The steering and brakes are nice and light, and the suspension feels comfortable and well-tuned to absorb the potholes common to urban city life. While the Maverick is easy to place on the road, I never could come to grips with judging the distance in front when parking – for some reason I always left two or three feet in front of the truck; front parking sensors would have been nice. With the Ford Co-Pilot 360 Assist package the Maverick does have rear parking sensors to go with the standard rear view camera, so backing in is a breeze. We also enjoyed the adaptive cruise feature that works even in stop and go traffic, making traffic jams much less stressful.

Perhaps the most un-truck like thing about the Maverick is the incredible fuel economy. With the hybrid powertrain it’s best in class, rated at 5.8L/100km city, 7.1L/100km highway, and 6.4L/100km combined. I managed 5.2L/100km with an even mix of city and highway driving. What really surprised me was the fact that 143 kilometers of out of 388 total were all-electric (and that there was a display to tell me this). With other hybrid systems you have to be conscious about how much accelerator or speed you can use to stay in electric power, but with the Maverick I didn’t have to think about it at all. The other advantage to the hybrid powertrain is its range. With only a 52-liter tank the Maverick is capable of covering kilometers between fill-ups.

Maybe this might just be a “me” thing but I do have another minor quibble and it has to do with the hybrid powertrain. Like other electric powertrains it makes a concert of high-pitched noises, but the Maverick has a frequency that mimics emergency sirens in the distance which had me checking my surroundings for a fire truck or ambulance in vain on more than one occasion.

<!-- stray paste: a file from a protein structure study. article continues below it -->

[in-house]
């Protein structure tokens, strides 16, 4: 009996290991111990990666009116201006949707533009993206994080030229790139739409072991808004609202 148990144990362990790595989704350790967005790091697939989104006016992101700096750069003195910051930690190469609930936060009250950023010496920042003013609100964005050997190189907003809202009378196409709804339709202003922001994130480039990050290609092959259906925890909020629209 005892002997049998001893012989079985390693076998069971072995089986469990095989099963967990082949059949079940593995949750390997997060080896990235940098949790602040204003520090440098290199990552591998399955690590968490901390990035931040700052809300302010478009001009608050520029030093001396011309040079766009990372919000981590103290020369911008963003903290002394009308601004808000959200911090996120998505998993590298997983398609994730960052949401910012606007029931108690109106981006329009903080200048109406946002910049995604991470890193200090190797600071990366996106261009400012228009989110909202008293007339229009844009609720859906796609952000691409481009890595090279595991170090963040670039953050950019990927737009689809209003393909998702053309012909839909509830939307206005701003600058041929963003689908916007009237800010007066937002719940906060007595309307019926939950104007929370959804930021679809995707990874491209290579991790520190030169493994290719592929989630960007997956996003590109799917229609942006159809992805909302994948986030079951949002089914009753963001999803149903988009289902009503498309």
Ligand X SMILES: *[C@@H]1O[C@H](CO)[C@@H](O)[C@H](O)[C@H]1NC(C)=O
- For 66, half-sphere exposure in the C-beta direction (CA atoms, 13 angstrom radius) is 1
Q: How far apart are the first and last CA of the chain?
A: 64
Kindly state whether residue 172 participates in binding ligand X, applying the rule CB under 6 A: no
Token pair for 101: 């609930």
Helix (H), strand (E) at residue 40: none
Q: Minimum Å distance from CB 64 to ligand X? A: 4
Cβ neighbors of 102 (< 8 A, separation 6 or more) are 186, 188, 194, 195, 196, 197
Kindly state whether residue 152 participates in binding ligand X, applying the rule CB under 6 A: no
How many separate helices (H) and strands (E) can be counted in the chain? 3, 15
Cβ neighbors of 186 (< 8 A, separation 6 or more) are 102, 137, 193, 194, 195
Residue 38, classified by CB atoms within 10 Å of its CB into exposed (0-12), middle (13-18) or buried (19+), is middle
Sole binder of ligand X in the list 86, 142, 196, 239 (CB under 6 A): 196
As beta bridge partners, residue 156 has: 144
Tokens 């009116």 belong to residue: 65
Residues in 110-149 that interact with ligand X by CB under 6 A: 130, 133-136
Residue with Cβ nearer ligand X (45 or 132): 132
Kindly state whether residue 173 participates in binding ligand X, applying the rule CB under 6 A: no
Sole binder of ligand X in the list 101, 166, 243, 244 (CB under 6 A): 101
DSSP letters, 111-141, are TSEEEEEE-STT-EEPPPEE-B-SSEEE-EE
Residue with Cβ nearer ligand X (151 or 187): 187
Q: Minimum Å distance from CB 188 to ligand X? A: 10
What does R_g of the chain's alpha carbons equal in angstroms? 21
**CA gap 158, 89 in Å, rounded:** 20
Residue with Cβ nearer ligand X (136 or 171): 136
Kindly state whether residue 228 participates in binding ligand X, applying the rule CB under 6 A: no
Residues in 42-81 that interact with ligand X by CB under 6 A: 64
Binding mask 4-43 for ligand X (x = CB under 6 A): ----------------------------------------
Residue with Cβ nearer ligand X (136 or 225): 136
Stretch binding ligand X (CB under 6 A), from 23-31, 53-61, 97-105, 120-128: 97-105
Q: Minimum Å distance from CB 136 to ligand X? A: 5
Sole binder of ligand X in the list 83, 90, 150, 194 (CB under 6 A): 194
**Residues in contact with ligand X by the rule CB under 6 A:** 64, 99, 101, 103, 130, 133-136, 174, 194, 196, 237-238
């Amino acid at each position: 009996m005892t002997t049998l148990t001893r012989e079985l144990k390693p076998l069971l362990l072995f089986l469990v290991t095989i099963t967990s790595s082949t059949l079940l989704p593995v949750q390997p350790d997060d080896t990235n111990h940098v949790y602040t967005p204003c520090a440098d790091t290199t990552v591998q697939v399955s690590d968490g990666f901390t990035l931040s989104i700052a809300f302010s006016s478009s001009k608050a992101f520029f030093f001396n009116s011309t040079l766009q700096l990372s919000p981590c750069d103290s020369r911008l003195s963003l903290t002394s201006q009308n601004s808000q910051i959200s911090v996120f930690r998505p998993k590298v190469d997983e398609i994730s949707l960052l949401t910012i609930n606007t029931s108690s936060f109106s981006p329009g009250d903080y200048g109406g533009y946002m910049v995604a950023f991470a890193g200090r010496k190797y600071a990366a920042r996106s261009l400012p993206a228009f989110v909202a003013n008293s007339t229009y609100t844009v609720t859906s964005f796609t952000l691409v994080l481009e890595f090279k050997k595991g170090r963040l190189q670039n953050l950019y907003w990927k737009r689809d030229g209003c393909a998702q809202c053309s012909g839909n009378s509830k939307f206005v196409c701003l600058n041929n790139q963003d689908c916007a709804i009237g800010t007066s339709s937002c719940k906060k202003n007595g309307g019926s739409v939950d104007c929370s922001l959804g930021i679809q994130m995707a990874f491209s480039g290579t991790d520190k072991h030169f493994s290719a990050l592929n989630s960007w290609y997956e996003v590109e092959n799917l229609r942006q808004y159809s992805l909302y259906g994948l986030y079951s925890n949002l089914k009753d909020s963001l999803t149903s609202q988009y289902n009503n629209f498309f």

Starting at $31,100, our tester in Lariat trim adds the Black Appearance Package, Cyber Orange Paint, Lux and Co-Pilot assist packages to ring in at $45,850. While its limited 907 kg towing capacity (up to 1,814 with EcoBoost engine) keeps it from being a viable option for those of us that need their truck to tow, the 2023 Ford Maverick Lariat SuperCrew is an accessible pickup that anyone can use as everyday transportation, cargo bed in tow whenever you need it. It would make for a great road trip vehicle with its easy road manners, excellent fuel economy and room for gear or shopping pickups beyond your typical SUV. It’s easy to see why they in such high demand, and how it earned the nod for our 2022 Truck of the Year.

See Also:

2022 Hyundai Santa Cruz

2022 Ford Maverick Hybrid XL

2023 Ford Ranger XLT

Vehicle Specs
Compact Pickup Truck
Engine Size
2.5L inline-four hybrid
Horsepower (at RPM)
162 at 5,600
Torque (lb-ft.)
155 at 4,000
Fuel Efficiency (L/100km, City/Highway/Combined)
Observed Fuel Efficiency (L/100km)
Cargo Capacity (in L)
Base Price (CAD)
As-Tested Price (CAD)
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About Arthur Chiang

Staff Writer

Arthur is a walking encyclopedia of cars and is a known go-to source for obscure JDM parts in Ontario. He’s an avid track junkie and has amassed a collection of rare Subarus and Hondas.

Current Toys: ’00 WRX STI S201, '23 Canyon Denali, ’98 WRX STI Type R, ’97 NSX, ’72 H2 750, ’08 Ruckus